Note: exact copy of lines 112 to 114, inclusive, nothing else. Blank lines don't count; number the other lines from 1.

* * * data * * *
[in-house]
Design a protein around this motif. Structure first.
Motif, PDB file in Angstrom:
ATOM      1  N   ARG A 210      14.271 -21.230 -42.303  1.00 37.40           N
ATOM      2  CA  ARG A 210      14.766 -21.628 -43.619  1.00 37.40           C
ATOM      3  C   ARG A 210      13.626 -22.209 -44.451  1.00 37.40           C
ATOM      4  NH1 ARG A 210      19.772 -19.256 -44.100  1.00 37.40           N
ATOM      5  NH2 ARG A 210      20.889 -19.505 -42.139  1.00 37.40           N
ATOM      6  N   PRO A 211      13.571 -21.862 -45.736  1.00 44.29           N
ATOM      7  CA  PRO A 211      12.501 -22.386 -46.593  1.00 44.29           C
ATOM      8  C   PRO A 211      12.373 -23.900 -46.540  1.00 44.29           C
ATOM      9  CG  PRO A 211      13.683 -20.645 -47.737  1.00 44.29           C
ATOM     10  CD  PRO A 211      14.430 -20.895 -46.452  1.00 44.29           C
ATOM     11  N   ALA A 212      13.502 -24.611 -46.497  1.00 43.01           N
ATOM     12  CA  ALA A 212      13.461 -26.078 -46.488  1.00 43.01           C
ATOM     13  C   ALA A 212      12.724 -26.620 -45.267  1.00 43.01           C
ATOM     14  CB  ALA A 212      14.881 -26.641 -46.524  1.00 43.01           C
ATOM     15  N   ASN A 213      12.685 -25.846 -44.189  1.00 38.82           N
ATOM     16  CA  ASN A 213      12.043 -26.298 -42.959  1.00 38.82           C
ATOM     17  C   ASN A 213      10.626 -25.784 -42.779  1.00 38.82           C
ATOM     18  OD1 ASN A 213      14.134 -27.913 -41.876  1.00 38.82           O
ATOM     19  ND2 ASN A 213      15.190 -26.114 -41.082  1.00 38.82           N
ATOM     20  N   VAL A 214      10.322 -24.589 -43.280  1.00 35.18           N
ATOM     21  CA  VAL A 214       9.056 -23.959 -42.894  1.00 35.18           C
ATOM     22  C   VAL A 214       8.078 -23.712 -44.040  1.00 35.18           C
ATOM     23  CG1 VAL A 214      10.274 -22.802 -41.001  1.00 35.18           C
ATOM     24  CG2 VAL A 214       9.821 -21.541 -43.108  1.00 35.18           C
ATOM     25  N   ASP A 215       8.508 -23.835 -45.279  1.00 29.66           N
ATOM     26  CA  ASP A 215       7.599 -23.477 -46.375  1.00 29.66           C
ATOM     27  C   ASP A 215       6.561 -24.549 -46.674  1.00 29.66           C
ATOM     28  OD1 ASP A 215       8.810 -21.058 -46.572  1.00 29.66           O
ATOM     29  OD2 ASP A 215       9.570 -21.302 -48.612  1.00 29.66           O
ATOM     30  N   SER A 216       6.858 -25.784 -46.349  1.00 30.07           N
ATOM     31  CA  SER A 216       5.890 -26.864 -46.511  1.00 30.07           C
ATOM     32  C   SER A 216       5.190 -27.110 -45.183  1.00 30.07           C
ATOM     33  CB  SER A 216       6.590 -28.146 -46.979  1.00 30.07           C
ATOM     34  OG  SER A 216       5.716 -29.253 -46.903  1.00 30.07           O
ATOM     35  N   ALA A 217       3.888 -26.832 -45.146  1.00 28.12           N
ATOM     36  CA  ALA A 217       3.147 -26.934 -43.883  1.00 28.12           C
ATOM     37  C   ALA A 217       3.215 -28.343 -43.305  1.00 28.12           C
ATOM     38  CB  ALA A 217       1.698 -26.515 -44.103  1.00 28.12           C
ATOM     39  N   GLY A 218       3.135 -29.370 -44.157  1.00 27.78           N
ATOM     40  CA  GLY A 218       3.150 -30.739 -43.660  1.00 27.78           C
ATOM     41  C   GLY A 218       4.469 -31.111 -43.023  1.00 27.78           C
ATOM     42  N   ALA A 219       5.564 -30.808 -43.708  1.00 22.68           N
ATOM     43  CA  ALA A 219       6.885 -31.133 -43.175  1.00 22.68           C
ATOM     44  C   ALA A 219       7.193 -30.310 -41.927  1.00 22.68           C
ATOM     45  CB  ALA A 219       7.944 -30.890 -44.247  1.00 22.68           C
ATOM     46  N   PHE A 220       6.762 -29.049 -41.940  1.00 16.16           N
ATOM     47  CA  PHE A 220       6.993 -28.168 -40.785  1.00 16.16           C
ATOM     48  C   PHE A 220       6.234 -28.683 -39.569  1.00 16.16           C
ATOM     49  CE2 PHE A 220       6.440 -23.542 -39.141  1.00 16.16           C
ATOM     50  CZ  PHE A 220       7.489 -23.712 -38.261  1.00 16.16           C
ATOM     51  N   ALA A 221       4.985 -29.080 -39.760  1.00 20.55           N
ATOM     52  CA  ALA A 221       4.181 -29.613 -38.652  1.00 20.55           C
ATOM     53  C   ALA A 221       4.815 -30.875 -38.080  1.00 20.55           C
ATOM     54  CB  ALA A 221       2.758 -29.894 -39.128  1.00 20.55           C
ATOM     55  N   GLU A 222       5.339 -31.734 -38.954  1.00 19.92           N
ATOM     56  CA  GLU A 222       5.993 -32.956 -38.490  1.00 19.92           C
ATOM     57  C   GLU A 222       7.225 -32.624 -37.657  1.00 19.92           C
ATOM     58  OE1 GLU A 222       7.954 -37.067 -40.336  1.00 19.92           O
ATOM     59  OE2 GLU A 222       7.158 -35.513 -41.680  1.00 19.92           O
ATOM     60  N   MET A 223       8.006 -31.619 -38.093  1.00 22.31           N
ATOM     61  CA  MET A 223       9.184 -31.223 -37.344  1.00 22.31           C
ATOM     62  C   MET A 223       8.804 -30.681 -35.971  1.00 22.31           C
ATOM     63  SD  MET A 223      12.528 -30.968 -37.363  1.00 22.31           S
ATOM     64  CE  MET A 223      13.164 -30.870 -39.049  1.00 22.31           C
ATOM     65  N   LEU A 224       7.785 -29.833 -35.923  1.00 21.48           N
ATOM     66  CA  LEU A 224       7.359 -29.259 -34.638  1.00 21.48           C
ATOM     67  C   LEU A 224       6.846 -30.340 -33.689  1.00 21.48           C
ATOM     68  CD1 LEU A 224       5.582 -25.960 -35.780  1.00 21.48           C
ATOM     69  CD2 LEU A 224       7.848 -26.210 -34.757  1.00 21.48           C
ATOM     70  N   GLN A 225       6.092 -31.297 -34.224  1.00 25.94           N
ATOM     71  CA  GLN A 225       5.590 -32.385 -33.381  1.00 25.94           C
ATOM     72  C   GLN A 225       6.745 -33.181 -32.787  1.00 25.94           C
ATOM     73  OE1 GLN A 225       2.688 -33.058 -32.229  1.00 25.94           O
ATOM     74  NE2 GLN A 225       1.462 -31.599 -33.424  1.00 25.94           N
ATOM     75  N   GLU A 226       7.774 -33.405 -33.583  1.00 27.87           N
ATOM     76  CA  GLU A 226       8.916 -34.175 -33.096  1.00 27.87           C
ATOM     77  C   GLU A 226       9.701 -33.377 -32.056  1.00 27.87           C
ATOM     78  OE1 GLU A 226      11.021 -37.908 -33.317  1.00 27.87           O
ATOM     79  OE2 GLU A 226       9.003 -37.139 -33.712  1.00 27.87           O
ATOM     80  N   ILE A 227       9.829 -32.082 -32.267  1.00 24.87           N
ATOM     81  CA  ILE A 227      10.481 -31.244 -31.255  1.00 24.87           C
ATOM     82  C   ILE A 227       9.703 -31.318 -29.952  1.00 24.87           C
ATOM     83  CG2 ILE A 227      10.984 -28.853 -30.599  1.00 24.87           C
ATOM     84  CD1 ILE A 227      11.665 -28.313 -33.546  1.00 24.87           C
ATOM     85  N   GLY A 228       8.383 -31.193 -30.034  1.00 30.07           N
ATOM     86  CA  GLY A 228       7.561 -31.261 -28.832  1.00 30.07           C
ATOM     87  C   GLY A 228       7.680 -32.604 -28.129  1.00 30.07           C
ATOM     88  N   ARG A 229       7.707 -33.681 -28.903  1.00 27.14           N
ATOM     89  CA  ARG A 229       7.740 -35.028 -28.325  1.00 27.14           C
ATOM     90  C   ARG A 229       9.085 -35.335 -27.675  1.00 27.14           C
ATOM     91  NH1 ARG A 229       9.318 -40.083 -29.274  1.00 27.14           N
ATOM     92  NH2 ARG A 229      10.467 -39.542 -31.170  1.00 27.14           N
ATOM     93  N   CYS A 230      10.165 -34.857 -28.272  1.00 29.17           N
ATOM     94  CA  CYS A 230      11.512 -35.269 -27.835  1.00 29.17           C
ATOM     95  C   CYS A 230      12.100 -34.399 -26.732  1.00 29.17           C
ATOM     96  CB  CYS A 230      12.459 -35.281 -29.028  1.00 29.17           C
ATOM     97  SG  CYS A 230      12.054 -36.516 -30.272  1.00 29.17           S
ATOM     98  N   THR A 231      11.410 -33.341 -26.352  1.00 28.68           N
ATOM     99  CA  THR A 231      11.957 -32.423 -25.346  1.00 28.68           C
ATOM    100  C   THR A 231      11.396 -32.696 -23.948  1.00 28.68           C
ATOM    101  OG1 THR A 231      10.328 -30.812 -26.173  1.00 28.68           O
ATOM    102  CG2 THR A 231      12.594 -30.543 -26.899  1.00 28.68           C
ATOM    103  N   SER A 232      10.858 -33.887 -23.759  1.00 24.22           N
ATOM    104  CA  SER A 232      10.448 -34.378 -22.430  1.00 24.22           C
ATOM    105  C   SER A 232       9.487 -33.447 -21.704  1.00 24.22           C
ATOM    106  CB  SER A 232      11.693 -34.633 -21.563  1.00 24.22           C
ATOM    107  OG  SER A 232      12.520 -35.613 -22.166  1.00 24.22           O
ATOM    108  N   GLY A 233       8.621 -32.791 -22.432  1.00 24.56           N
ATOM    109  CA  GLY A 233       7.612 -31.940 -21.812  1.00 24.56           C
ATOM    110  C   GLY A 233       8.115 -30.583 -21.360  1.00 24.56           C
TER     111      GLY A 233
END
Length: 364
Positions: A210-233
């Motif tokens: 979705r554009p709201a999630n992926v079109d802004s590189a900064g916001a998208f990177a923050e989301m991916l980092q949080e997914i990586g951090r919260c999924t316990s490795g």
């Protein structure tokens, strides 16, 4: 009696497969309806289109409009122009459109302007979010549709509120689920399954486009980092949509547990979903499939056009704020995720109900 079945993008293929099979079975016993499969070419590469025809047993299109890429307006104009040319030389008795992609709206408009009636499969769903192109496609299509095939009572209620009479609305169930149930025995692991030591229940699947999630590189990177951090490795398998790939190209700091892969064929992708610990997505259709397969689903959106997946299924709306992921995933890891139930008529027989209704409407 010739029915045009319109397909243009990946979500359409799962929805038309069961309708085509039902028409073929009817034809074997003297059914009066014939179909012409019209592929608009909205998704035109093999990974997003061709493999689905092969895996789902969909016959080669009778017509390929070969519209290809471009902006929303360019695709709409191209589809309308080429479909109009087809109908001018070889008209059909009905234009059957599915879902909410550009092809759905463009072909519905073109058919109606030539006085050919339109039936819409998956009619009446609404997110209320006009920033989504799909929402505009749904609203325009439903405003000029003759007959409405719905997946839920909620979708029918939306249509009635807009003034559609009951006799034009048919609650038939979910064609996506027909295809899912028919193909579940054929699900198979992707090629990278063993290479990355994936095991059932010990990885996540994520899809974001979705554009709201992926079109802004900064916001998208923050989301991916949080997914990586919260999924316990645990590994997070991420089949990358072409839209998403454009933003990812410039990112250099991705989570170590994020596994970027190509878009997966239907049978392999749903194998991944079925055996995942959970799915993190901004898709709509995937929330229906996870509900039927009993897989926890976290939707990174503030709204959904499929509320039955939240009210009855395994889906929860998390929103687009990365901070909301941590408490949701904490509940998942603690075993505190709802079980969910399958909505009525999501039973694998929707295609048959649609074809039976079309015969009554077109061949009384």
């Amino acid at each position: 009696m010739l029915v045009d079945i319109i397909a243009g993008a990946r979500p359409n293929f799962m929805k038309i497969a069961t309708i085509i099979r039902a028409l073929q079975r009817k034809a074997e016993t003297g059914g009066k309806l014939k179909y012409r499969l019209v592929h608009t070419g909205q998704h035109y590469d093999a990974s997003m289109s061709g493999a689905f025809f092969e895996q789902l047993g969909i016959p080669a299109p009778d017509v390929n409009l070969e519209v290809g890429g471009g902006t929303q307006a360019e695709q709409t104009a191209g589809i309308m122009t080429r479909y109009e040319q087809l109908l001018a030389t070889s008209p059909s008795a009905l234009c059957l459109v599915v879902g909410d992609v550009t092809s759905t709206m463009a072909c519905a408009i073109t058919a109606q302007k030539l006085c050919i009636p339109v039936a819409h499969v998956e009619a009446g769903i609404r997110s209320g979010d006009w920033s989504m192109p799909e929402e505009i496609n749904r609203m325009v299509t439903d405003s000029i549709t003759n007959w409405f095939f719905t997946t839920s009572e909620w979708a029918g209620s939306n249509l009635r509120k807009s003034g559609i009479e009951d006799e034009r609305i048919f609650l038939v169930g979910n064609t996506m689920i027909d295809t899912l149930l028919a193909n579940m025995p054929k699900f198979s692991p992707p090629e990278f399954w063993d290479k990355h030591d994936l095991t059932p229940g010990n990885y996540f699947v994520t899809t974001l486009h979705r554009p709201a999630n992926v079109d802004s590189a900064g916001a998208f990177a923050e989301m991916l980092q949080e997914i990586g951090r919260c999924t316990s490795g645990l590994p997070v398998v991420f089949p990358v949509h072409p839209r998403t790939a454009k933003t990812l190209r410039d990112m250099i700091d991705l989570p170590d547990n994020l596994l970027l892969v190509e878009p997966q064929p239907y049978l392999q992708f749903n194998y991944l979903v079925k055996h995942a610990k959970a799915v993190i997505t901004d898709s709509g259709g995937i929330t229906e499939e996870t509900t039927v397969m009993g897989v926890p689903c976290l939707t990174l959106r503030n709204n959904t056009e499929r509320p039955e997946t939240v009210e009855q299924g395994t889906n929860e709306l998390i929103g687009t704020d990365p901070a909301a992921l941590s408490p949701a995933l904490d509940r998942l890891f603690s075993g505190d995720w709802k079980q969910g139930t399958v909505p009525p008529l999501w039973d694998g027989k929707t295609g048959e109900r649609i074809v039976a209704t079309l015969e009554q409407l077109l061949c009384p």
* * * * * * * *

ATOM    109  CA  GLY A 233       7.612 -31.940 -21.812  1.00 24.56           C
ATOM    110  C   GLY A 233       8.115 -30.583 -21.360  1.00 24.56           C
TER     111      GLY A 233